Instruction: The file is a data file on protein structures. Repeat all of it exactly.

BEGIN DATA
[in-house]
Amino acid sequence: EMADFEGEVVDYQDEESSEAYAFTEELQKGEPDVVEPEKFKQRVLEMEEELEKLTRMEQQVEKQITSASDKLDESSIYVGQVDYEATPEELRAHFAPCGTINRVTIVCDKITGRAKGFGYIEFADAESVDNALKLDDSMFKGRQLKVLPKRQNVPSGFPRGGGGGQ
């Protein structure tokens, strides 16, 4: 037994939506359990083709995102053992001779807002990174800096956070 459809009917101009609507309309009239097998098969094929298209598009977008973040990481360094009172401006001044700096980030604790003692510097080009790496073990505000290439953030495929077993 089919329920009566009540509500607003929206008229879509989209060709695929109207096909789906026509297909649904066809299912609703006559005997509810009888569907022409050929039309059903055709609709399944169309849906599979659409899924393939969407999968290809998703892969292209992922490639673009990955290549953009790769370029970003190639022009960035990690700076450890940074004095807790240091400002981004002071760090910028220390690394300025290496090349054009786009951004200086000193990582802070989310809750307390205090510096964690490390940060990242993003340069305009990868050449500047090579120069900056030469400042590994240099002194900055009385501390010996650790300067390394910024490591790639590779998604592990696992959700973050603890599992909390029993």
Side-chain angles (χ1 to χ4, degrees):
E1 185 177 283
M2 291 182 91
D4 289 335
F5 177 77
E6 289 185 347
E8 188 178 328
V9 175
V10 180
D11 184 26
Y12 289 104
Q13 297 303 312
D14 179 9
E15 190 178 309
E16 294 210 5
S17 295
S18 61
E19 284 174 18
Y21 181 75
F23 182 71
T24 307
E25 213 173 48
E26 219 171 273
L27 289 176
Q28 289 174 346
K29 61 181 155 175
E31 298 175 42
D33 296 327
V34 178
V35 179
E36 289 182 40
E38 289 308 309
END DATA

[in-house]
Amino acid sequence: EMADFEGEVVDYQDEESSEAYAFTEELQKGEPDVVEPEKFKQRVLEMEEELEKLTRMEQQVEKQITSASDKLDESSIYVGQVDYEATPEELRAHFAPCGTINRVTIVCDKITGRAKGFGYIEFADAESVDNALKLDDSMFKGRQLKVLPKRQNVPSGFPRGGGGGQ
């Protein structure tokens, strides 16, 4: 037994939506359990083709995102053992001779807002990174800096956070 459809009917101009609507309309009239097998098969094929298209598009977008973040990481360094009172401006001044700096980030604790003692510097080009790496073990505000290439953030495929077993 089919329920009566009540509500607003929206008229879509989209060709695929109207096909789906026509297909649904066809299912609703006559005997509810009888569907022409050929039309059903055709609709399944169309849906599979659409899924393939969407999968290809998703892969292209992922490639673009990955290549953009790769370029970003190639022009960035990690700076450890940074004095807790240091400002981004002071760090910028220390690394300025290496090349054009786009951004200086000193990582802070989310809750307390205090510096964690490390940060990242993003340069305009990868050449500047090579120069900056030469400042590994240099002194900055009385501390010996650790300067390394910024490591790639590779998604592990696992959700973050603890599992909390029993």
Side-chain angles (χ1 to χ4, degrees):
E1 185 177 283
M2 291 182 91
D4 289 335
F5 177 77
E6 289 185 347
E8 188 178 328
V9 175
V10 180
D11 184 26
Y12 289 104
Q13 297 303 312
D14 179 9
E15 190 178 309
E16 294 210 5
S17 295
S18 61
E19 284 174 18
Y21 181 75
F23 182 71
T24 307
E25 213 173 48
E26 219 171 273
L27 289 176
Q28 289 174 346
K29 61 181 155 175
E31 298 175 42
D33 296 327
V34 178
V35 179
E36 289 182 40
E38 289 308 309